Once the banking sector was opened up, and monetary policy relaxed, cheap money flooded in from overseas for banks to on-lend to house-purchasers. As property investor, Ollie Newland vividly explained in the 1996 TV documentary, Revolution;

“I got a phone  call from my bank manager to say some bigwigs were coming up from Wellington to have a chat with me. I thought it was just one public relations things they do. I had a very small office, it wasn’t much bigger than a toilet cubicle, and those five big fellows  crowded in with their briefcases and books and they sat on the floor and the arms of the chairs – I only had one chair in the place – and stood against the walls. Their first words to me were, we’re here to lend you money. As much as you want. For somebody like me, and I’m sure it’s the same for everybody else, to suddenly be told by the bank manager that you could have as much money as you want, help yourself, that was a revelation. We thought we had died and gone to heaven.”

Unfortunately, the side affect of this was to increase vendor’s expectations to gain higher and higher prices for their properties. Combined with recent high immigration, and a lack of a comprehensive capital gains tax, and the results have been troubling for this country;

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As well as increasingly unaffordable housing, we – as a nation – are sitting on a trillion-dollar fiscal bomb.

Think about that for a moment.

Little wonder that in September last year, the Reserve Bank issued the sternest warning yet that we were headed for impending economic mayhem;

A sharp correction in house prices represents a key risk to the financial system, and one that is increasing the longer the current boom in house prices persists. A severe downturn in house prices could have major implications for the banking system, with over 55 percent of bank loans secured against residential property. Moreover, elevated household debt levels and a growing exposure of the banking system to investor loans could reinforce a housing downturn and extend reductions in economic activity, as highly indebted households are forced to reduce consumption and sell property.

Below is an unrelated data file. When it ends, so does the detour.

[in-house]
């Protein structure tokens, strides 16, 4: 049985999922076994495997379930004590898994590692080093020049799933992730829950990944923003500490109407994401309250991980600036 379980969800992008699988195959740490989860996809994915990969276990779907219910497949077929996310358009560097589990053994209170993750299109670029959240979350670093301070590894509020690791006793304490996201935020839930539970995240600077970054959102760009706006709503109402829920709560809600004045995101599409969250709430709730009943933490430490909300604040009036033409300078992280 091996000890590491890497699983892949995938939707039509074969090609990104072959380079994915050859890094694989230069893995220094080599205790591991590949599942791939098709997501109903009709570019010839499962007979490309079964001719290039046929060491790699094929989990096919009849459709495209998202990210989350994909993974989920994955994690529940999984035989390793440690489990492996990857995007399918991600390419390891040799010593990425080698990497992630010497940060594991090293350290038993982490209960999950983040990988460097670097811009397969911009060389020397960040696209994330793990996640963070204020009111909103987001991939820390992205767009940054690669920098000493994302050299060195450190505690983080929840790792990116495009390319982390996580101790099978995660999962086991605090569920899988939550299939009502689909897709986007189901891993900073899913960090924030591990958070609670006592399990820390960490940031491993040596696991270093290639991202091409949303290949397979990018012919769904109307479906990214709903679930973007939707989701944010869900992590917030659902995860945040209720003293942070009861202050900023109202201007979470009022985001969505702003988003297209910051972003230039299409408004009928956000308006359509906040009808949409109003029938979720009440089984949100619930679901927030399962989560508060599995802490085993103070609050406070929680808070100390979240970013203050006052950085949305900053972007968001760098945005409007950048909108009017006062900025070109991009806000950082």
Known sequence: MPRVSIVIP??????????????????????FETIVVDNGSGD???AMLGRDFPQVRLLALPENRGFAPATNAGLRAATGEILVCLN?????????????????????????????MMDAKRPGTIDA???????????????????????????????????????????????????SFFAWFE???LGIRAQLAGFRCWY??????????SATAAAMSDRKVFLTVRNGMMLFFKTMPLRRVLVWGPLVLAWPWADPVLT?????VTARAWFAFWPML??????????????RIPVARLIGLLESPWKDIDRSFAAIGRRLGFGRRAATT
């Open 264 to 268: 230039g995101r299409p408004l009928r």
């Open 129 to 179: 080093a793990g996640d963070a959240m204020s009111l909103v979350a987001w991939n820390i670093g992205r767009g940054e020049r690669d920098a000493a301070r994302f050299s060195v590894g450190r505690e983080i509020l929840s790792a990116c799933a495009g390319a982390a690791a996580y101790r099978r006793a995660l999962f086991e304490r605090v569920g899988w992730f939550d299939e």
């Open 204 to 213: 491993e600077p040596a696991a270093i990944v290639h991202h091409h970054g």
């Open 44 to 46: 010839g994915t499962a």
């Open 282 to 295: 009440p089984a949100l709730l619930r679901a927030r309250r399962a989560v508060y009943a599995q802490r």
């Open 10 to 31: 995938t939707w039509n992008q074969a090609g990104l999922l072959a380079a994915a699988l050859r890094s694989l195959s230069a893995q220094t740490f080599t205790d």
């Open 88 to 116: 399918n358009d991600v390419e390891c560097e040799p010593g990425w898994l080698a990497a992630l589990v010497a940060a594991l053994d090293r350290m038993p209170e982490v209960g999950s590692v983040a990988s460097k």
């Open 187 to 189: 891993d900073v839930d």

As with many other individuals, institutions, organisations, business leaders, left-wing commentators, media, political pundits, political parties, the NZIER was (and still is) calling for a comprehensive capital gains tax to be implemented.

Even then, this blogger suspects we may be too late. National (and it’s predecessor, to be fair) have left it far to late and the economic horse has well and truly bolted.

Even a Capital Gains Tax at 28% – New Zealand’s current corporate tax rate – may be insufficient to dampen speculative demand for properties.

Meanwhile, the dream of Kiwis owning their own homes continues to slip away.

Depressingly, New Zealanders themselves have permitted this to happen.

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– State Housing

If the Middle Classes and their Millenial Offspring are finding it hard to buy their first home, think of the poorest  families and individuals in our communities. For them, social housing consists of packing multiple families into a single house; living in an uninsulated, drafty,  garage; or in cars.

Last year, the story of mass homelessness exploded onto our media and our “radar” as New Zealanders woke up to the reality of persistent poverty in our cities;

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Although on occassion, the mainstream media found them themselves  in embarrassingly ‘schizophrenic’ situations as they attempted to reconcile reporting on our growing housing crisis – whilst raising advertising revenue by  promoting “reality” TV programmes that were far, far removed from many people’s own disturbing reality;

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According to UNICEF;

295,000 New Zealand kids are living beneath the poverty line, which means they are living in households where income is less than 60% of the median household income after housing costs are taken into consideration.

One way to alleviate poverty is to provide state housing, at minimal rental, to families suffering deprivation. Not only does this make housing affordable, but also strengthens a sense of community and reduces transience.

Transience can have deletarious effects on families – especially on children – who then struggle with the stresses of losing friends; adjusting to new neighbourhoods, and new schools.

A government report states that transience for children can have extreme, negative impact on  their learning;

Nearly 3,700 students were recognised as transient during the 2014 year. Māori students were more likely to be transient than students in other ethnic groups.